When Herbert is forced to speed things up — get away from an unexpected free rusher, anticipate a route opening up against the leverage of the defense — errors occur. Balls on the wrong hip/shoulder, late throws into tight windows, there’s a lack of trust in what he sees post-snap.

The upside is difficult to ignore, but those issues have to become hardwired corrections for Herbert to ever realize that potential.

Jake Fromm vs. South Carolina, Loss 20-17 (OT)
Stats: 28/51 (54.9%) 295 yards (5.78 YPA) 1TD, 3 INTs

The first 54 minutes of this game were a struggle from Fromm and the Georgia offense. After early success that has Fromm accomplishing whatever he wanted against the Gamecock defense — man or zone — Fromm’s decision making and location went south during a 42-minute scoring drought.

The good version of Fromm showed anticipation, timing and location on point, as they all typically are. Fromm’s interception on a throwaway attempt to close out the first half started a cascade of poor football. His accuracy waned, his normally perfect communication with the receivers went awry, and Georgia trailed with just six minutes to play at home against an inferior football team. Fromm also lost a fumble on a failed quarterback-center exchange on the doorstep of the red zone.

Executing a 96-yard, game-tying drive when he had to have it speaks highly to Fromm’s character. The NFL will present adversity, and Fromm has showcased the ability to overcome hurdles. Still, at the end of the day, he made too mistakes for Georgia to win this game.

One week after elevating his draft stock ahead of Justin Herbert and Jordan Love, Fromm comes back to earth and makes one thing abundantly clear — there’s a big gap between Tua and the rest of this class.

Tua Tagovailoa at Texas A&M, Win 47-28
Stats: 21/34 (61.8%) 293 yards (8.62 YPA) 4 TDs, 1 INT

On a day where Tua wasn’t as finely tuned as we’ve come to expect, he surpasses A.J. McCarron for the career touchdown passes record at Alabama with another four touchdown day. Tua’s second touchdown was a classic example of his pre-snap acumen, post-snap mechanical alignment, and precise ball location against an A&M blitz. Quickly getting to his spot and setup, Tua throws it right in behind the blitz and right on the bullseye for a big play.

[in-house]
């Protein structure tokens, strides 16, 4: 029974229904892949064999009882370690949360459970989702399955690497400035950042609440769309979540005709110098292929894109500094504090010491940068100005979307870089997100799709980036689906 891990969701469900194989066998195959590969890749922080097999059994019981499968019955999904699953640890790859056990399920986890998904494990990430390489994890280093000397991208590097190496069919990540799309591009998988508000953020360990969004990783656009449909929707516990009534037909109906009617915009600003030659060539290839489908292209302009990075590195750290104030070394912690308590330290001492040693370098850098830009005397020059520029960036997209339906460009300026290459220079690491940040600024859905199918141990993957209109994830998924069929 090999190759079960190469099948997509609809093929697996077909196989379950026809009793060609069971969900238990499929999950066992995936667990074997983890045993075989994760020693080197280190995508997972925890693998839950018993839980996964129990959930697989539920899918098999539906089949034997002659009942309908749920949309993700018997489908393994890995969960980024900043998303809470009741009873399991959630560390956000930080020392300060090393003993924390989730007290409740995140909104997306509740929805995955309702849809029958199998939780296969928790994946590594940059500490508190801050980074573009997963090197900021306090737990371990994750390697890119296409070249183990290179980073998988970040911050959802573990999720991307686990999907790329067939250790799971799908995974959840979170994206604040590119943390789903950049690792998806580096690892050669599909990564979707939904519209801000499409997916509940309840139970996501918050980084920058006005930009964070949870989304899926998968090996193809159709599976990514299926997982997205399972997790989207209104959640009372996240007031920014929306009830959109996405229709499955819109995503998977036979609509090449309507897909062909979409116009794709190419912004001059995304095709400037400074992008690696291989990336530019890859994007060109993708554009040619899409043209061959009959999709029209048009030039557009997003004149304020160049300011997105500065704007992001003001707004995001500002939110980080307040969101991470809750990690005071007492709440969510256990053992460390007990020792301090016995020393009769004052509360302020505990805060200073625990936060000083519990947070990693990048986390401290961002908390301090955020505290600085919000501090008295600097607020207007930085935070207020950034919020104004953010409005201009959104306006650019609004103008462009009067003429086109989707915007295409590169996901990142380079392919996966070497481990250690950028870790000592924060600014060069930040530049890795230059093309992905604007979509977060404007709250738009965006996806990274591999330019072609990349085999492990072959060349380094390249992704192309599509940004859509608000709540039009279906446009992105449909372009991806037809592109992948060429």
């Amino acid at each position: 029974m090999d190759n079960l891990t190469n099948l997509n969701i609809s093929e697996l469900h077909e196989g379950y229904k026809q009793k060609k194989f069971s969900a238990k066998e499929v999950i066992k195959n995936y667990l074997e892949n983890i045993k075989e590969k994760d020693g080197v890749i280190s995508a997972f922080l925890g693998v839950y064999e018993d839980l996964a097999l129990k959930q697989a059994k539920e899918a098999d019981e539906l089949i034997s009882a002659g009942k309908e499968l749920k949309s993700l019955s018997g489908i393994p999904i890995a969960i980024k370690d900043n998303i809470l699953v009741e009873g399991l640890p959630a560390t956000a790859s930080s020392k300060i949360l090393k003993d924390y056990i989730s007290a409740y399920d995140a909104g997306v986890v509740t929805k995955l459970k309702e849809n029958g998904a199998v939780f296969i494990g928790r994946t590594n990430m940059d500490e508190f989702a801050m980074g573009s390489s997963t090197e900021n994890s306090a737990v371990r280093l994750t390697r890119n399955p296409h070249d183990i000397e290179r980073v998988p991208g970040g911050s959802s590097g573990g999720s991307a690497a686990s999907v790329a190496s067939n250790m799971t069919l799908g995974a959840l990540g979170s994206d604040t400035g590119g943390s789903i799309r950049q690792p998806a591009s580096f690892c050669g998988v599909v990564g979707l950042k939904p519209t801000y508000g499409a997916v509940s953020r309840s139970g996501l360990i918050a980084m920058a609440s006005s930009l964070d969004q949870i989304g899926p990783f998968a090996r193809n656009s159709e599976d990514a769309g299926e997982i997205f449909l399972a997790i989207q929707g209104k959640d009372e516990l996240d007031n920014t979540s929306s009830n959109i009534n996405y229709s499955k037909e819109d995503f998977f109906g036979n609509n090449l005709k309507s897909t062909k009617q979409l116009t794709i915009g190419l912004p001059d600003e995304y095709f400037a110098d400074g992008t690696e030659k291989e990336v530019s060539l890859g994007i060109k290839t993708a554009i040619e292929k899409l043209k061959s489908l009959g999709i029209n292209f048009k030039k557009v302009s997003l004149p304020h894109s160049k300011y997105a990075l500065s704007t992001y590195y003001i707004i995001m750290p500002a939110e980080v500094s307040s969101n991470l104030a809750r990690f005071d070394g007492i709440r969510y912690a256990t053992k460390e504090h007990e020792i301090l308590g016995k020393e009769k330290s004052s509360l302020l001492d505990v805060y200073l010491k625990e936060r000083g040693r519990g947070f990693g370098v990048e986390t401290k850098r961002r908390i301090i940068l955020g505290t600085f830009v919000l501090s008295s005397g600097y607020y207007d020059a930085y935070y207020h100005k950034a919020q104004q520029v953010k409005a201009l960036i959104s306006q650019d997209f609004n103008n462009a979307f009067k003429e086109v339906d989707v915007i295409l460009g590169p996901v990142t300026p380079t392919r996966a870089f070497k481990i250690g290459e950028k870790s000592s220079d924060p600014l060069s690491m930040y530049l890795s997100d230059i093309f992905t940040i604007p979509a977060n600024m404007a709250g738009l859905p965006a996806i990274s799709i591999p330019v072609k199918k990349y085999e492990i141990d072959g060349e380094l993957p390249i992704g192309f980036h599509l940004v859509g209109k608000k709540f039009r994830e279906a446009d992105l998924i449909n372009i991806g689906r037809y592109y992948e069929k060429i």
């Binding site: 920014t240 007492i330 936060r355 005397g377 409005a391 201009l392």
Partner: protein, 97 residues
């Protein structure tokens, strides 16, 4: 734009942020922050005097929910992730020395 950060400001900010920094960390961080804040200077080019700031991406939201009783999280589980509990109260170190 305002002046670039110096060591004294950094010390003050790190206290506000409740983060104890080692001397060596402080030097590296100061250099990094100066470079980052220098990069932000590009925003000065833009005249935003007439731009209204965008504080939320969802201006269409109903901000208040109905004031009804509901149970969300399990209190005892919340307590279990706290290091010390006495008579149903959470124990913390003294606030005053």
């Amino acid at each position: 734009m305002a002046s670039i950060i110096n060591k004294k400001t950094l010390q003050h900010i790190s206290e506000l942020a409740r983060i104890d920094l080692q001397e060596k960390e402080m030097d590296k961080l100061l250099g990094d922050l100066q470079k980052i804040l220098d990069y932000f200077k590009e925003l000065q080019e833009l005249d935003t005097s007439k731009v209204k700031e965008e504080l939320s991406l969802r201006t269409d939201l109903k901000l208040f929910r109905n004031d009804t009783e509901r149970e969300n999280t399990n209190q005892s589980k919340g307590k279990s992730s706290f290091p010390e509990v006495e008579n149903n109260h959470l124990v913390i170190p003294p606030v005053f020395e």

The fourth touchdown was a fantastic anticipation strike to Henry Ruggs. Tagovailoa’s trust in his own eyes and processor allows him to anticipate better than any passer in the country.

He also showcased his fluid pocket mobility. Whether it’s escaping, or climbing up and wading through the trash, the only thing more dangerous than Tua on-script, is the improvising version of Tua.

The trust can lead to some mistakes and easy turnovers, however. Tua’s interception was a carbon copy of one of his INTs in the SEC Championship Game in 2018 against Georgia. Tua checked his backside read and attacked play side with the information he gathered. He was wrong in thinking the safety was bailing out. Instead, the safety robbed a dig route from Jeudy, and Tua was late with the football for an easy pick.

There were additional accuracy issues (available in the video thread) in the game, but not by a significant margin. Typically, when he makes a mistake, he erases the wrongdoing on the next play. Tua can play better, certainly, but I sometimes wonder if we hold him to an unrealistic standard.

A career 9:1 TD:INT ratio will do that (81 TDs, 9 INTs).

Joe Burrow vs. Florida, Win 42-28
Stats: 21/24 (87.5%) 293 yards (12.2 YPA) 3 TDs

Kirk Herbstreit said it best early fourth quarter after Joe Burrow beat another Gators blitz. Herbie referred to Burrow having all the answers for the looks Florida threw at him, and it led to a strong, efficient performance.

Burrow not only threw on-time and on-target within the structure of the offense, he navigated murky pockets and extended plays with big results.